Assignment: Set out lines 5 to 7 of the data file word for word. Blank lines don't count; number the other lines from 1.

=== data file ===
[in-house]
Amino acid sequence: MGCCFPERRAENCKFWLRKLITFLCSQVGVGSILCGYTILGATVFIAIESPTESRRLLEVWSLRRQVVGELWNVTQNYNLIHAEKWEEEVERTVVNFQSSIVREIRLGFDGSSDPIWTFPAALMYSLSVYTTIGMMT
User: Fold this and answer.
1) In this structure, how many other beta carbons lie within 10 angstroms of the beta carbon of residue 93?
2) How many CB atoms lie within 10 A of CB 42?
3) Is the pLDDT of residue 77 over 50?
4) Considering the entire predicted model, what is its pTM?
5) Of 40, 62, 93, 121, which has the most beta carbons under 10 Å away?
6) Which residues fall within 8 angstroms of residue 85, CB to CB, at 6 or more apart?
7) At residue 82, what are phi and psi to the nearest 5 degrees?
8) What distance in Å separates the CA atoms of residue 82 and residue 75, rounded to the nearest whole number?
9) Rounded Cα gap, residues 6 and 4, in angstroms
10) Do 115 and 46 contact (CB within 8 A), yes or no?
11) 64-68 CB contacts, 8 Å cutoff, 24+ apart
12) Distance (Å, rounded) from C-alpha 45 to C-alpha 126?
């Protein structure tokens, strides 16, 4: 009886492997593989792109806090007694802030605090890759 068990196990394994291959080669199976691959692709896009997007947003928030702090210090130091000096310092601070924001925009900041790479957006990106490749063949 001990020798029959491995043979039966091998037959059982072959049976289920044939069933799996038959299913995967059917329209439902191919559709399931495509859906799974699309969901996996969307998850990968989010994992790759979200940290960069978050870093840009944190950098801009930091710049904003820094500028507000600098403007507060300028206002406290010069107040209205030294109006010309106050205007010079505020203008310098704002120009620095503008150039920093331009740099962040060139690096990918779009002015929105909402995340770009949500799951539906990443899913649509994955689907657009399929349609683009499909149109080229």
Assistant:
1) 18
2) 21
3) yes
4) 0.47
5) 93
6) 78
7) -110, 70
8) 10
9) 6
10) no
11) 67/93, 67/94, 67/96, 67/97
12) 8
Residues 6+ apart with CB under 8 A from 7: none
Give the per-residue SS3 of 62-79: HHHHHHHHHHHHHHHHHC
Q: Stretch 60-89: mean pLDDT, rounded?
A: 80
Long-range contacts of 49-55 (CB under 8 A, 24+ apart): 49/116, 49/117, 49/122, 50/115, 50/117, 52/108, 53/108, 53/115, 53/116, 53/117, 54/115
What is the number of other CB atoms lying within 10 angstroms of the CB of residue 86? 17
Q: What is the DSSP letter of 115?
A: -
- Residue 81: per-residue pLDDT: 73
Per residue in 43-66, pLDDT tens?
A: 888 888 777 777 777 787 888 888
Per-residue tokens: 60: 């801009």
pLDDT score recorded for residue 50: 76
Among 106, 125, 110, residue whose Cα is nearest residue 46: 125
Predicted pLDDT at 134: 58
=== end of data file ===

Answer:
2) How many CB atoms lie within 10 A of CB 42?
3) Is the pLDDT of residue 77 over 50?
4) Considering the entire predicted model, what is its pTM?